More than half of middle-income Americans, those earning $30,000 - $100,000 a year, do not seek the help of a financial professional when managing their assets, according to a new survey by Primerica and the Consumer Federation of America.
As reported by Investment News, this lack of professional guidance often leads to costly mistakes. Two-thirds of those surveyed admitted that they have made at least one “really bad financial decision.”
The average assets of middle-income Americans decreased to $27,300 in 2010, from $37,000 in 2007.
Of those in the survey who have not consulted a financial advisor, 15 percent said they do their own financial research using the internet and television. Another 17 percent make decisions without doing any research.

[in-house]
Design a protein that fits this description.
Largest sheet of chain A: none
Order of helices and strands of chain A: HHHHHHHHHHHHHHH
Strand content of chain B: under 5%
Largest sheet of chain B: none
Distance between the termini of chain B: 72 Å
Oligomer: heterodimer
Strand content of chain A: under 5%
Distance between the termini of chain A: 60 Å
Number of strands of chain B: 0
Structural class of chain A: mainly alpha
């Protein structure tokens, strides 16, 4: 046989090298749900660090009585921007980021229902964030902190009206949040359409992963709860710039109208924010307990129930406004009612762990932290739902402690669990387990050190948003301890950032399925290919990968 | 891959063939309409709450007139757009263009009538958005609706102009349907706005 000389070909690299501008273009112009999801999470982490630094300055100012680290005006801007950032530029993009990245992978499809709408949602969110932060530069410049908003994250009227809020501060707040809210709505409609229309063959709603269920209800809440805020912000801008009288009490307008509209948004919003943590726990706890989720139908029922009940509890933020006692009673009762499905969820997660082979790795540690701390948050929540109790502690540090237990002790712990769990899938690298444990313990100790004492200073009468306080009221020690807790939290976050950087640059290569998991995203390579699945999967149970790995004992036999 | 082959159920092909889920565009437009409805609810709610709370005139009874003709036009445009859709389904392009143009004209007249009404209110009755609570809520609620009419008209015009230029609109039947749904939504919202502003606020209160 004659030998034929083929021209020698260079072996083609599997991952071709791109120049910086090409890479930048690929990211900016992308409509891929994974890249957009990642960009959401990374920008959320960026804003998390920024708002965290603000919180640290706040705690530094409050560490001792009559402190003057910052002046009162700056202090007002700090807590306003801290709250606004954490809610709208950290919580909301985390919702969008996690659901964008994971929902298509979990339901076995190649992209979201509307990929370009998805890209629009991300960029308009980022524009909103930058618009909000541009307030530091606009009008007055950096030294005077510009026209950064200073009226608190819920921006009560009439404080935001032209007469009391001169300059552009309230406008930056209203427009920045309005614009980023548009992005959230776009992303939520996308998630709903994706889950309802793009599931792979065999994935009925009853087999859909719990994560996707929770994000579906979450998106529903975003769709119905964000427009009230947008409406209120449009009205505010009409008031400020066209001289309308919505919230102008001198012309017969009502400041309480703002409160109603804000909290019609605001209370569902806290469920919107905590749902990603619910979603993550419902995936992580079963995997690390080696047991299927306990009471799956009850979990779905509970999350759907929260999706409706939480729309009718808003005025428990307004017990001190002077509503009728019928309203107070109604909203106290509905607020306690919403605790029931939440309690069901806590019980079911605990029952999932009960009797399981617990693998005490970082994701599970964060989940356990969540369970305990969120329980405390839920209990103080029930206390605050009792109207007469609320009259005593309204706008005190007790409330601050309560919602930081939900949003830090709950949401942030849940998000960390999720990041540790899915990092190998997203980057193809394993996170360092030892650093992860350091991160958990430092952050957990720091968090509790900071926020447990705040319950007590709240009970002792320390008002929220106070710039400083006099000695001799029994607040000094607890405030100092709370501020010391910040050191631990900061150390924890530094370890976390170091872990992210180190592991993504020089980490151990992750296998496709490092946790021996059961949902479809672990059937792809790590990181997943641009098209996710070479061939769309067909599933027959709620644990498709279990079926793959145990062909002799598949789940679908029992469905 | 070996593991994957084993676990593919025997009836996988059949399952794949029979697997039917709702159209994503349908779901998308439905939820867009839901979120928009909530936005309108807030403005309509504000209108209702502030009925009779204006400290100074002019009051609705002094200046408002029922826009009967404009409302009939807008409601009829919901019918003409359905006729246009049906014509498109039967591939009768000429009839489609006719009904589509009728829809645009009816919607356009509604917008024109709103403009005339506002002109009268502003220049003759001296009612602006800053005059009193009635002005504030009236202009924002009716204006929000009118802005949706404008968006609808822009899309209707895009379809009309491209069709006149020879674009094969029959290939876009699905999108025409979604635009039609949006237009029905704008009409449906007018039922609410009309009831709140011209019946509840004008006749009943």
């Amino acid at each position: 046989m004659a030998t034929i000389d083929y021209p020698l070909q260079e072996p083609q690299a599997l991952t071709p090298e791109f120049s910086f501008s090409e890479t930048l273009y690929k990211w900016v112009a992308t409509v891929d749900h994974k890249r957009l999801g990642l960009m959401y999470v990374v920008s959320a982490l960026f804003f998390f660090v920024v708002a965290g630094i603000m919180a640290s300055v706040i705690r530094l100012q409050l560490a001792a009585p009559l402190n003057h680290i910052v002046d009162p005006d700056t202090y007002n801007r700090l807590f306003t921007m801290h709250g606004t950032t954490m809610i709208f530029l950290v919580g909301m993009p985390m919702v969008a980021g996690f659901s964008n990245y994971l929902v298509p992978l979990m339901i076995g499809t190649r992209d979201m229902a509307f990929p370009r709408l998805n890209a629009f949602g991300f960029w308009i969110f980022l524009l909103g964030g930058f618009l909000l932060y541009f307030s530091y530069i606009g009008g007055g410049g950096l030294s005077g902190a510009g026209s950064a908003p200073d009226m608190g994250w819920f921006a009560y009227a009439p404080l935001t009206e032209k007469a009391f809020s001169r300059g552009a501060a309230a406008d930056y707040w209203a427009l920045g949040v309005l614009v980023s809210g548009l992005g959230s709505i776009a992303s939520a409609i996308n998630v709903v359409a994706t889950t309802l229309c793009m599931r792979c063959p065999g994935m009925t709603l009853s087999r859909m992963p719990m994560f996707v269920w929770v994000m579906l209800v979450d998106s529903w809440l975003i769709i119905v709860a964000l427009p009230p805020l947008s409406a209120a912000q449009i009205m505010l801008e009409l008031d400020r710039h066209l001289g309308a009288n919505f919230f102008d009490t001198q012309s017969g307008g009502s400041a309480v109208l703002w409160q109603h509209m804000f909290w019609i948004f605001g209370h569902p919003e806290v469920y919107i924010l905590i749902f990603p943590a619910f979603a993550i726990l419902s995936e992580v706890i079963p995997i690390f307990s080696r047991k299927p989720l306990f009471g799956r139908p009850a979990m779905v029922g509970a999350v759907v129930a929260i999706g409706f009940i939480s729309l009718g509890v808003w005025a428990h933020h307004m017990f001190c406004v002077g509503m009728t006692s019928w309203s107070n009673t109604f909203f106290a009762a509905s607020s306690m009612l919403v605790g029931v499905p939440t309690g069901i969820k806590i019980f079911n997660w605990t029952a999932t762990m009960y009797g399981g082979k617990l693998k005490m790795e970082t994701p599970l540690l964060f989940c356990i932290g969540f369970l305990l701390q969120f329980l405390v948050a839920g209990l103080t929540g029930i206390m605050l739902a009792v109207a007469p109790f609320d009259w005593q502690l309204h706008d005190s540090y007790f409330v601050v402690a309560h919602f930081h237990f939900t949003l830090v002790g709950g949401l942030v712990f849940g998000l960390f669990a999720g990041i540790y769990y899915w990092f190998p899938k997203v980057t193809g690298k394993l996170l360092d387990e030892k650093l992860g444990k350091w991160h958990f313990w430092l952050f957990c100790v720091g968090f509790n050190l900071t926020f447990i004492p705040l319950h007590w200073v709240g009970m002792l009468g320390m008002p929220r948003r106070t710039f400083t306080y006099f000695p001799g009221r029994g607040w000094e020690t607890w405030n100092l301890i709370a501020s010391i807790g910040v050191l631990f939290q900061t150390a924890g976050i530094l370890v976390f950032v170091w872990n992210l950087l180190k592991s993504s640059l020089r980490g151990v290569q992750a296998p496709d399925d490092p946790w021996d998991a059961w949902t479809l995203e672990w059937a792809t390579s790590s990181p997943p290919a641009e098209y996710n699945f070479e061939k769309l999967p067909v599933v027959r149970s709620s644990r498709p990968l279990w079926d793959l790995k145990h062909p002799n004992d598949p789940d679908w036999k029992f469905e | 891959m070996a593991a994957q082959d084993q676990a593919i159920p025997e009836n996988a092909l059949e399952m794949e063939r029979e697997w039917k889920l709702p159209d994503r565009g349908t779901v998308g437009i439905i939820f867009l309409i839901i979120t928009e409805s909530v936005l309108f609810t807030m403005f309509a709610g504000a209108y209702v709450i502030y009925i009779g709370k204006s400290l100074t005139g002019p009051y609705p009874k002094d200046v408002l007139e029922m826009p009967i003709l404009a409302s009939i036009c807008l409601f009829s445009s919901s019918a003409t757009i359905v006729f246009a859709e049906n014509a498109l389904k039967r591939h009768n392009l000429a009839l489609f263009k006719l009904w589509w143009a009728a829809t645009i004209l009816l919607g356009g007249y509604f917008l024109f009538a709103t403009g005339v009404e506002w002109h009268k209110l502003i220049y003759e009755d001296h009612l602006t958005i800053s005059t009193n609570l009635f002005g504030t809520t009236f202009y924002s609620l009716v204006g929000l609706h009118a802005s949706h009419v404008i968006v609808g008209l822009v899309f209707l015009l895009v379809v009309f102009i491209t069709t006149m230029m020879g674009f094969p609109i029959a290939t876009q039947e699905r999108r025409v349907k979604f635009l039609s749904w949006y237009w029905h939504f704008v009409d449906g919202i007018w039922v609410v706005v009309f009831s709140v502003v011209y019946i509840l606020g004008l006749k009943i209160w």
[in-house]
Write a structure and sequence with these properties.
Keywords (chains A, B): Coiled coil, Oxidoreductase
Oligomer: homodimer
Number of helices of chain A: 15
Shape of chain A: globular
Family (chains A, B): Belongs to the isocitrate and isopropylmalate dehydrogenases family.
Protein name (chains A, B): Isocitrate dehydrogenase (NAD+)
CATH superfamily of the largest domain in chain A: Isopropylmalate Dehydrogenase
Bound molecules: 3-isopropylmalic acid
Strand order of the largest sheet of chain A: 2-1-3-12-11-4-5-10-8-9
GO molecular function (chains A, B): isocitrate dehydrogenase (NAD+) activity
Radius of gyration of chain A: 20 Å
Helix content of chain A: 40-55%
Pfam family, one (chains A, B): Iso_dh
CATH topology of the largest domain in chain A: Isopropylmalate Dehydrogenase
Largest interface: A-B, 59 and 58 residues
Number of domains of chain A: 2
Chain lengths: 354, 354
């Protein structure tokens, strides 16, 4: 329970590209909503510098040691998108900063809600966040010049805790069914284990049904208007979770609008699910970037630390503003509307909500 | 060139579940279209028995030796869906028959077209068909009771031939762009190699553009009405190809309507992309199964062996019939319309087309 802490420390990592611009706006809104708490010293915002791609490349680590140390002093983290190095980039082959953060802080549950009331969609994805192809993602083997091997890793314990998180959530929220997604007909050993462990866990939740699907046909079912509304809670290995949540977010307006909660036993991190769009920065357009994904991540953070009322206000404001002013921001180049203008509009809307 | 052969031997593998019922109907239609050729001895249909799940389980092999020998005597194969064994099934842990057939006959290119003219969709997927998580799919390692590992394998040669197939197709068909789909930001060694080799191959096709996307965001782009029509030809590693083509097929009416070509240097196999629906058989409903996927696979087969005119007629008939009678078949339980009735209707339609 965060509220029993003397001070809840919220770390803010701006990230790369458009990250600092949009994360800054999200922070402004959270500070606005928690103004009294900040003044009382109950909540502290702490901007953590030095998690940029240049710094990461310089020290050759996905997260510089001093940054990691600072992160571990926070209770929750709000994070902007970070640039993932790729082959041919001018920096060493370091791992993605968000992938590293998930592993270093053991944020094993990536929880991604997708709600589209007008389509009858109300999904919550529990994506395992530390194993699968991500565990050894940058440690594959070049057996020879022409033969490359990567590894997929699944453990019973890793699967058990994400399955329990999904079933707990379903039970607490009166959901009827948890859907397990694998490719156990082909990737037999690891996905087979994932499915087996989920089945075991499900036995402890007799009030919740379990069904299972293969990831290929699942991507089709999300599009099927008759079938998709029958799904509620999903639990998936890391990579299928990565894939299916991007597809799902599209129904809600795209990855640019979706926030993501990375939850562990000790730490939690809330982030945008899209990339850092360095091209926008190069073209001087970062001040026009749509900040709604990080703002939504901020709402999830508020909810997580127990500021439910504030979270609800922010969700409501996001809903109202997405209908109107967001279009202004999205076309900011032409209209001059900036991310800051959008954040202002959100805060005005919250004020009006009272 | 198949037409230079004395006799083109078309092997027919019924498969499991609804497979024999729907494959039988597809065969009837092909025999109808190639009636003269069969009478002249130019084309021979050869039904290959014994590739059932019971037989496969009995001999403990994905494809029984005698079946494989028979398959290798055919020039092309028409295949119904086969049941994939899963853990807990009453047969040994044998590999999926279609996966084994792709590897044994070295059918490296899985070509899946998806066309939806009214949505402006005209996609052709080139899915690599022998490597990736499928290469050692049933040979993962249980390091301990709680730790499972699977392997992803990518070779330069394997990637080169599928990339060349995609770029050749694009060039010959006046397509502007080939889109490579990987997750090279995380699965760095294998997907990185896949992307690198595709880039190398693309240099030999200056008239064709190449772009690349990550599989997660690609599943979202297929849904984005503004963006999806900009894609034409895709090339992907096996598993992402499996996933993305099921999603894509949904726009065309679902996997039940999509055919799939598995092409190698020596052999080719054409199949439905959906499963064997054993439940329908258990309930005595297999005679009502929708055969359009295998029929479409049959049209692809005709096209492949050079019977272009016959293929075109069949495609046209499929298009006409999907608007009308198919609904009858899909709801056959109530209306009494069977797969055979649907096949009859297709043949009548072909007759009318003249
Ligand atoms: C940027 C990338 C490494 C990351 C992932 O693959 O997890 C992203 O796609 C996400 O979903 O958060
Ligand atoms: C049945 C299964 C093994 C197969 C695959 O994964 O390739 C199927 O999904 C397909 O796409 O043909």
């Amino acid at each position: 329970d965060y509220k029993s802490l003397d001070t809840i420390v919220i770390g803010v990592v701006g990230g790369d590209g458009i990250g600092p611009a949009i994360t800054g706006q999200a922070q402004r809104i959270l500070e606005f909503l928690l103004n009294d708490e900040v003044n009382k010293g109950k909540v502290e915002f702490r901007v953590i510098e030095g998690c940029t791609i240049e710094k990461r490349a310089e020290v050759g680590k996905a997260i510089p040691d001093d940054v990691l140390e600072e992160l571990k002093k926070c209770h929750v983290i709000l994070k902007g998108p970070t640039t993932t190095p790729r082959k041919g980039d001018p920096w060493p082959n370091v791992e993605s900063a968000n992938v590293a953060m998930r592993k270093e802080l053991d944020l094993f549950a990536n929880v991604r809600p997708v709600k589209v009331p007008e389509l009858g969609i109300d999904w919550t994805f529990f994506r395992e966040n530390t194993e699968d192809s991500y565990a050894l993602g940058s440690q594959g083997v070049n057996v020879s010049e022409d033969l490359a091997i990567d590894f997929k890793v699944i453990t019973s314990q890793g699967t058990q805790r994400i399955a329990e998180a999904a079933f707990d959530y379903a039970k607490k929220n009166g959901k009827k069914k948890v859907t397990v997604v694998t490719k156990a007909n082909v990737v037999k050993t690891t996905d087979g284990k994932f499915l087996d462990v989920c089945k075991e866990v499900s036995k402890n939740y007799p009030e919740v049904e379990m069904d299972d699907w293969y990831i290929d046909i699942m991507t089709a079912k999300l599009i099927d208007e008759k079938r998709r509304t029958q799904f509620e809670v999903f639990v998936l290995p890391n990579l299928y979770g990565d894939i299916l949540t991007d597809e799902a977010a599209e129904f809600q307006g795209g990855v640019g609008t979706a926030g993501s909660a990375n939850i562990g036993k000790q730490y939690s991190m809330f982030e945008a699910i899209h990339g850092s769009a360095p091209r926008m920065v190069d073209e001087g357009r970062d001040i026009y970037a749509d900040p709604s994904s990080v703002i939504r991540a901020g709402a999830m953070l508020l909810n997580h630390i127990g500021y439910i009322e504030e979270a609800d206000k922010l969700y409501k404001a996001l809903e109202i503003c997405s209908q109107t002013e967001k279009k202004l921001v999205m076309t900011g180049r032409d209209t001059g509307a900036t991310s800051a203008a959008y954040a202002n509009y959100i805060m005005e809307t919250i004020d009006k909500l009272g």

At a time when the middle market needs sound financial advice more than ever, federal regulations – if they are not written carefully – could limit the access of these investors to professional advisors.
As Investment News notes, the Department of Labor and the Securities and Exchange Commission are considering rules that would require all financial advisors to operate under a universal fiduciary duty, potentially increasing the regulatory and liability costs for advisors.
NAIFA and other groups have raised concerns that poorly drafted rules could drive advisors out of business, or force them to raise fees or shift their business to wealthier clients.